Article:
Pathogenic variants of sphingomyelin synthase SMS2 disrupt lipid landscapes in the secretory pathway
Sphingomyelin is a dominant sphingolipid in mammalian cells. Its production in the trans-Golgi traps cholesterol synthesized in the ER to promote formation of a sphingomyelin/sterol gradient along the secretory pathway. This gradient marks a fundamental transition in physical membrane properties that help specify organelle identify and function. We previously identified mutations in sphingomyelin synthase SMS2 that cause osteoporosis and skeletal dysplasia. Here we show that SMS2 variants linked to the most severe bone phenotypes retain full enzymatic activity but fail to leave the ER owing to a defective autonomous ER export signal. Cells harboring pathogenic SMS2 variants accumulate sphingomyelin in the ER and display a disrupted transbilayer sphingomyelin asymmetry. These aberrant sphingomyelin distributions also occur in patient-derived fibroblasts and are accompanied by imbalances in cholesterol organization, glycerophospholipid profiles and lipid order in the secretory pathway. We postulate that pathogenic SMS2 variants undermine the capacity of osteogenic cells to uphold nonrandom lipid distributions that are critical for their bone forming activity.
All data generated or analysed during this study are included in the manuscript and supporting file. Source Data files have been provided for Figures 2-4, 7-9 and Appendix 1 - figure 3.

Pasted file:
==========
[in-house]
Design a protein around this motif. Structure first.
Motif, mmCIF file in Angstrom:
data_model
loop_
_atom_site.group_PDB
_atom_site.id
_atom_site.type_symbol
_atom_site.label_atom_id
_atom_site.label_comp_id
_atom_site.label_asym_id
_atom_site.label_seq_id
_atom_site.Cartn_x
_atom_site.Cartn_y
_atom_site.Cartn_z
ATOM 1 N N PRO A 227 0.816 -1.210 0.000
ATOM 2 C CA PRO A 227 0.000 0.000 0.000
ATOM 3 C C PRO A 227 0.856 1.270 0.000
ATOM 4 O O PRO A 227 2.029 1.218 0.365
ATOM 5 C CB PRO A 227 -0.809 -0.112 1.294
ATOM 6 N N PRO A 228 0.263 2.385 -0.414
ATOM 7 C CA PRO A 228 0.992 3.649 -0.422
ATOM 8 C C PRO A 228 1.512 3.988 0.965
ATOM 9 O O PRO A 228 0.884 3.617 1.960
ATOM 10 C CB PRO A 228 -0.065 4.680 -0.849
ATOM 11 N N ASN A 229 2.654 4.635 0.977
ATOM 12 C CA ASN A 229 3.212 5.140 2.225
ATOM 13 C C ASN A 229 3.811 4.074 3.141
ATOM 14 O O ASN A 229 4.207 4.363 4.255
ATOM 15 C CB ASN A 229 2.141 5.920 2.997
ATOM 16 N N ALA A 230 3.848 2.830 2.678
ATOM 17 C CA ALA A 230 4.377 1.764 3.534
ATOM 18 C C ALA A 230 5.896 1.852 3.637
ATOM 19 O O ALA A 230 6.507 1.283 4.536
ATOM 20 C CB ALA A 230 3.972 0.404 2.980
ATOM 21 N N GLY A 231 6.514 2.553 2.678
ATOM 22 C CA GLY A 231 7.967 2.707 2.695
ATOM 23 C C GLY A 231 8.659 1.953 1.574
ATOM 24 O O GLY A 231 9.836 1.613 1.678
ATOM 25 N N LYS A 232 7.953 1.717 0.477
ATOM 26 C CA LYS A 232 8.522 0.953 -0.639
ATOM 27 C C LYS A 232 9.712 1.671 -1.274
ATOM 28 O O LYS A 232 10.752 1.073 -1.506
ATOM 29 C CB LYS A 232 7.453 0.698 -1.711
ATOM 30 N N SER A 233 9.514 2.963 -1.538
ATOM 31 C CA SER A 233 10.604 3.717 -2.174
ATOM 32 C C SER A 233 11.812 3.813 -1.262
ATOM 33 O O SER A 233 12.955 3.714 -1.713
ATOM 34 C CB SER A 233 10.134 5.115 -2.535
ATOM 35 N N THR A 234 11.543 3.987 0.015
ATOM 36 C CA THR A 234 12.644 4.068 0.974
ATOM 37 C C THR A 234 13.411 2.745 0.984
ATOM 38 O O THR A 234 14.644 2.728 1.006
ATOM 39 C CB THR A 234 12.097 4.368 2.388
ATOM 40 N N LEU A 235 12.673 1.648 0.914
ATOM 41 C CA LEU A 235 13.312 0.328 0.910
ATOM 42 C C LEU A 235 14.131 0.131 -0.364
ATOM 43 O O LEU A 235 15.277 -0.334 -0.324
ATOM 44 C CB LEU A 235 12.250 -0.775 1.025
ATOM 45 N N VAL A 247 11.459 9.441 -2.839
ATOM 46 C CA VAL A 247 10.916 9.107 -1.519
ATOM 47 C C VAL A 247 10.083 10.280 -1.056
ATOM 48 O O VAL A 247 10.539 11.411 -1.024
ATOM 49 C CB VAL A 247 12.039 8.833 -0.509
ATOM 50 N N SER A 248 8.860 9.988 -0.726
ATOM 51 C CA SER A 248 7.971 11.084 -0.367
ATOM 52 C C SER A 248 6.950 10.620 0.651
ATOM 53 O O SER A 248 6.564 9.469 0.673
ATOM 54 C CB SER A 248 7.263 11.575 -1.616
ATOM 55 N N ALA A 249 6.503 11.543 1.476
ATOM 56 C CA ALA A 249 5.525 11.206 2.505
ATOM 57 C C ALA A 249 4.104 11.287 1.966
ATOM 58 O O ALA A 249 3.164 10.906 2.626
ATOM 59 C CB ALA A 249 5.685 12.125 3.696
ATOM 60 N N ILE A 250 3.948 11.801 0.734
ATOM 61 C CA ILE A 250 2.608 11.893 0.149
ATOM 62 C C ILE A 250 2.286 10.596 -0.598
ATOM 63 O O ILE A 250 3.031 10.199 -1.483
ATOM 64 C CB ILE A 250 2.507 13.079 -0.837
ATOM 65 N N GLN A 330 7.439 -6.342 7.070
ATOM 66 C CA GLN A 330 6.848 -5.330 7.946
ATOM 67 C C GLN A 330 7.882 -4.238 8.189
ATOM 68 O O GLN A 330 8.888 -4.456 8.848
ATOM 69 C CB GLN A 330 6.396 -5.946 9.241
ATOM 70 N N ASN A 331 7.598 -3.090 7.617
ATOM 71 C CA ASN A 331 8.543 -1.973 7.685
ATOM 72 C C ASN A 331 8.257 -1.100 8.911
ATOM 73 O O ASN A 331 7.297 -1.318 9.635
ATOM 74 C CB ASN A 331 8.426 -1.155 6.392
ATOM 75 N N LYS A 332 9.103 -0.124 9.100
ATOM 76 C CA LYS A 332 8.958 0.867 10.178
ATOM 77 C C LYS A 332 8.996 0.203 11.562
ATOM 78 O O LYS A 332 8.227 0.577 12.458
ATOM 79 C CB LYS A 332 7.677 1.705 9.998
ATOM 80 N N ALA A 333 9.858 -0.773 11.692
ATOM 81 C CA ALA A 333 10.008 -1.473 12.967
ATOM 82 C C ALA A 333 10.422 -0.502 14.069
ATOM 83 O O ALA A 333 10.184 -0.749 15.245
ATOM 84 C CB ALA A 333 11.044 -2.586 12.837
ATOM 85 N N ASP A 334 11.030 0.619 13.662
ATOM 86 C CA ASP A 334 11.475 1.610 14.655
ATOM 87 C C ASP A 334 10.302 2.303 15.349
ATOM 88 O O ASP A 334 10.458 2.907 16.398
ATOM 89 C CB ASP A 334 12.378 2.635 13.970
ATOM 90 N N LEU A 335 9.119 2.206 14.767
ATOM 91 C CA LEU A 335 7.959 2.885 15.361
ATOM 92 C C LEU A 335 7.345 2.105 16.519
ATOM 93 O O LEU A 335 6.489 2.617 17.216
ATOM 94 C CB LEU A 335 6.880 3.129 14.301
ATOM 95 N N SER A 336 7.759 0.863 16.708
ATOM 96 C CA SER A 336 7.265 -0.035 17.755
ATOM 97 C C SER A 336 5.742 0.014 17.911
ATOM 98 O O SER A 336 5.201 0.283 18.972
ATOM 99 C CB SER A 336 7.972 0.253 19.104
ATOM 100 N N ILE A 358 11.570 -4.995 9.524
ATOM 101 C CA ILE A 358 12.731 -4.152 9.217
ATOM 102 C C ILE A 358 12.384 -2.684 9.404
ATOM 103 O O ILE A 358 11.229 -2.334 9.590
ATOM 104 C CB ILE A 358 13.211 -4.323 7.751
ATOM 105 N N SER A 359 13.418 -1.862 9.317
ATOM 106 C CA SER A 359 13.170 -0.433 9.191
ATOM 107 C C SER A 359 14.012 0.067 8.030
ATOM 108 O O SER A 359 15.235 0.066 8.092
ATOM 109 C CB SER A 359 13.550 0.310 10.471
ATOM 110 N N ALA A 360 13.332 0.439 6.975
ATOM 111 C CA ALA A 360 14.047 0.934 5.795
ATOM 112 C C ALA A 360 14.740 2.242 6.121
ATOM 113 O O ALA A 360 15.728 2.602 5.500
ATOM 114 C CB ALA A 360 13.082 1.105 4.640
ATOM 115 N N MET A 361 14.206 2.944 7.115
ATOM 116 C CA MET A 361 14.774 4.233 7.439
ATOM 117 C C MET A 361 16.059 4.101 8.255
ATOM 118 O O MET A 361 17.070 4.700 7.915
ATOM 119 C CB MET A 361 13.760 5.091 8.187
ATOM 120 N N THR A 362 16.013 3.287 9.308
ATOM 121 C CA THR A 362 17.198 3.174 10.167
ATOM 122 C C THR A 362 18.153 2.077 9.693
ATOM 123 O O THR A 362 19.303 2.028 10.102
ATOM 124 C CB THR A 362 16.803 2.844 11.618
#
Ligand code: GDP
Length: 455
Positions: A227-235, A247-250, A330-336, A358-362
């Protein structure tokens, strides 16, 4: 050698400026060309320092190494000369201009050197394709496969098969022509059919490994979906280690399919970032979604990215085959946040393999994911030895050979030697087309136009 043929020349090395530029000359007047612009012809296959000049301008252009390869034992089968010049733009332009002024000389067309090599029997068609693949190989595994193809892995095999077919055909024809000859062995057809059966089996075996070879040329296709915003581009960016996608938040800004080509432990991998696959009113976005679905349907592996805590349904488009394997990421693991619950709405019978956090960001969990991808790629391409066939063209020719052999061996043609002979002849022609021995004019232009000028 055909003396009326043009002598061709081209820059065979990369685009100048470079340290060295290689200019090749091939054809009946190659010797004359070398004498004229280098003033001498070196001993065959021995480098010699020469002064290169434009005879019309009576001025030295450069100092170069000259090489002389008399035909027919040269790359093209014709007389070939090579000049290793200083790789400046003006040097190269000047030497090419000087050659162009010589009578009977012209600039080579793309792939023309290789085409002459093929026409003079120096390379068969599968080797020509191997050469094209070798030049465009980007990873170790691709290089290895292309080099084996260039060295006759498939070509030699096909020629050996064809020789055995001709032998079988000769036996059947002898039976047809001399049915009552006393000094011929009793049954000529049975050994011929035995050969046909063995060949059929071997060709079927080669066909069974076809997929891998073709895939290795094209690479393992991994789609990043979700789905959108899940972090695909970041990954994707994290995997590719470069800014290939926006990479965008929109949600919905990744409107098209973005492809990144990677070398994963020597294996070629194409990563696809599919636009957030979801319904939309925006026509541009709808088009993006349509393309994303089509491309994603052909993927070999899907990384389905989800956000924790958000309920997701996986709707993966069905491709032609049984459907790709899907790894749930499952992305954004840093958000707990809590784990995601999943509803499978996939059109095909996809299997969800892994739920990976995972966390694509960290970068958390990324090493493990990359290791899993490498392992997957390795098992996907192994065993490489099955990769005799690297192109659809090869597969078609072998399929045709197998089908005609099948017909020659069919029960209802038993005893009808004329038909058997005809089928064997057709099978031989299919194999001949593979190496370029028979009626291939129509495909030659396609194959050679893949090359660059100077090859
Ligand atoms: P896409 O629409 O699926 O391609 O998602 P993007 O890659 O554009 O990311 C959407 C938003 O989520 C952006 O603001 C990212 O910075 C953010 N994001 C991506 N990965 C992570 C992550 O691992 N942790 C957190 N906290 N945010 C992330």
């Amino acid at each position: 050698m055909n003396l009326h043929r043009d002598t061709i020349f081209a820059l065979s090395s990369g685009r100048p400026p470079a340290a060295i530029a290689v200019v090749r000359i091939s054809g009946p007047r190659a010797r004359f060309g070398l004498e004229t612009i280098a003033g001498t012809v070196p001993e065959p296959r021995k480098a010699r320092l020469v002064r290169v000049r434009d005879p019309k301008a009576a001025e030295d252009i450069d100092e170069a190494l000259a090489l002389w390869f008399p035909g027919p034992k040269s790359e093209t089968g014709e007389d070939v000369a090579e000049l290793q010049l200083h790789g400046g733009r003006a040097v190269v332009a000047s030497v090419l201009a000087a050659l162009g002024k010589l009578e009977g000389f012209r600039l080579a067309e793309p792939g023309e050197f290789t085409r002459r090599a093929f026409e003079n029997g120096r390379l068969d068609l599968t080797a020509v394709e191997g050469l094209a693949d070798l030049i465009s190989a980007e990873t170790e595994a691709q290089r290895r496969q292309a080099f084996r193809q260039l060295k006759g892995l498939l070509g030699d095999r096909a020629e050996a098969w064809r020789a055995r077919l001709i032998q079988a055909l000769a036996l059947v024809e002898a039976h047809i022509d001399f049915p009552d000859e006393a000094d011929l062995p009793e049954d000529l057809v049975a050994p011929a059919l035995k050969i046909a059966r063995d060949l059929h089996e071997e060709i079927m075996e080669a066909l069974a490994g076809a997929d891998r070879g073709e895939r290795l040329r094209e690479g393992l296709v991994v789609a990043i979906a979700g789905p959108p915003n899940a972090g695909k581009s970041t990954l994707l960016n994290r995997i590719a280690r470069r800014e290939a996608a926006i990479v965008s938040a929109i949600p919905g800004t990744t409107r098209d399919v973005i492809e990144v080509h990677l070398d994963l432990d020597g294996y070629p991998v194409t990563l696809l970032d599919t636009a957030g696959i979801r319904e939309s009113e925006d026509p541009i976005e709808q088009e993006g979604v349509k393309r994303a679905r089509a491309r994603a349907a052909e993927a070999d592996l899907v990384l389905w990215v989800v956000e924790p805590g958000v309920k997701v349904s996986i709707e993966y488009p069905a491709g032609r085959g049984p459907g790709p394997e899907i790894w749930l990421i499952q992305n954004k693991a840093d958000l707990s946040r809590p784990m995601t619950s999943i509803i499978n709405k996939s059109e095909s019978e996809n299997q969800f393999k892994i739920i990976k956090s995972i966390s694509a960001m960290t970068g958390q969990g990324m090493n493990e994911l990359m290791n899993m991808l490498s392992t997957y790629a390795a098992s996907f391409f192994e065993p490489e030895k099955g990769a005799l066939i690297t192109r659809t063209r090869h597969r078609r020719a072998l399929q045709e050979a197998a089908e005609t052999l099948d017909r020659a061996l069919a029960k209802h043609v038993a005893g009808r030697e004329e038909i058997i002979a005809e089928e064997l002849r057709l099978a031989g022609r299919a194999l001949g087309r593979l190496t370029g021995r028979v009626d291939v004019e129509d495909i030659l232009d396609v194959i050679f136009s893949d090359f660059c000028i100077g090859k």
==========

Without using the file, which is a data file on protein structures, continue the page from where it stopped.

Article and author information
Deutsche Forschungsgemeinschaft (SFB944-P14)
- Joost CM Holthuis
Deutsche Forschungsgemeinschaft (HO3539/1-1)
- Joost CM Holthuis
Deutsche Forschungsgemeinschaft (SFB944-P8)
- Jacob Piehler
National Institutes of Health (R35 GM144096)
- Christopher G Burd
The funders had no role in study design, data collection and interpretation, or the decision to submit the work for publication.
- Arun Radhakrishnan, University of Texas Southwestern Medical Center, United States
- Preprint posted: April 3, 2022 (view preprint)
- Received: April 6, 2022
- Accepted: September 13, 2022
- Accepted Manuscript published: September 14, 2022 (version 1)
- Version of Record published: October 4, 2022 (version 2)
© 2022, Sokoya et al.
This article is distributed under the terms of the Creative Commons Attribution License permitting unrestricted use and redistribution provided that the original author and source are credited.
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